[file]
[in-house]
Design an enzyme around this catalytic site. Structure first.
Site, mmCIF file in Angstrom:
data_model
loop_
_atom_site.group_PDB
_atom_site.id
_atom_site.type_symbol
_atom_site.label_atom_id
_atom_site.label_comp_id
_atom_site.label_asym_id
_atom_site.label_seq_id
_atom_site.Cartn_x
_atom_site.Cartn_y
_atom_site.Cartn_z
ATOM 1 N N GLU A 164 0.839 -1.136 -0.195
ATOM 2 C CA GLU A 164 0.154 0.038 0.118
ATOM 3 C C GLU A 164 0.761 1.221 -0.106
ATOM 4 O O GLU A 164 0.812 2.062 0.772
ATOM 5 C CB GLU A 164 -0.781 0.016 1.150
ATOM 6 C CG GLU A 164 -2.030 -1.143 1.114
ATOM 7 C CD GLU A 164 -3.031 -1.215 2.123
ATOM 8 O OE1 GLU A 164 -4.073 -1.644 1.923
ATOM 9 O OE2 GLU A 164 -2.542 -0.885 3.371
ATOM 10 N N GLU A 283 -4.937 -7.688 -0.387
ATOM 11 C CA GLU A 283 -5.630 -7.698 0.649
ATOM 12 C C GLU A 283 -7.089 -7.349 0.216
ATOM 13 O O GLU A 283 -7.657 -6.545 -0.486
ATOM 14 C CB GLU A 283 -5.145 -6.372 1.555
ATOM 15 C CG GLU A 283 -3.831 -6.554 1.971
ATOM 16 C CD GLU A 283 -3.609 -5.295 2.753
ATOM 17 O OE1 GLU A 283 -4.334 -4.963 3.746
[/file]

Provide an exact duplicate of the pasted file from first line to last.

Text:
[in-house]
Design an enzyme around this catalytic site. Structure first.
Site, mmCIF file in Angstrom:
data_model
loop_
_atom_site.group_PDB
_atom_site.id
_atom_site.type_symbol
_atom_site.label_atom_id
_atom_site.label_comp_id
_atom_site.label_asym_id
_atom_site.label_seq_id
_atom_site.Cartn_x
_atom_site.Cartn_y
_atom_site.Cartn_z
ATOM 1 N N GLU A 164 0.839 -1.136 -0.195
ATOM 2 C CA GLU A 164 0.154 0.038 0.118
ATOM 3 C C GLU A 164 0.761 1.221 -0.106
ATOM 4 O O GLU A 164 0.812 2.062 0.772
ATOM 5 C CB GLU A 164 -0.781 0.016 1.150
ATOM 6 C CG GLU A 164 -2.030 -1.143 1.114
ATOM 7 C CD GLU A 164 -3.031 -1.215 2.123
ATOM 8 O OE1 GLU A 164 -4.073 -1.644 1.923
ATOM 9 O OE2 GLU A 164 -2.542 -0.885 3.371
ATOM 10 N N GLU A 283 -4.937 -7.688 -0.387
ATOM 11 C CA GLU A 283 -5.630 -7.698 0.649
ATOM 12 C C GLU A 283 -7.089 -7.349 0.216
ATOM 13 O O GLU A 283 -7.657 -6.545 -0.486
ATOM 14 C CB GLU A 283 -5.145 -6.372 1.555
ATOM 15 C CG GLU A 283 -3.831 -6.554 1.971
ATOM 16 C CD GLU A 283 -3.609 -5.295 2.753
ATOM 17 O OE1 GLU A 283 -4.334 -4.963 3.746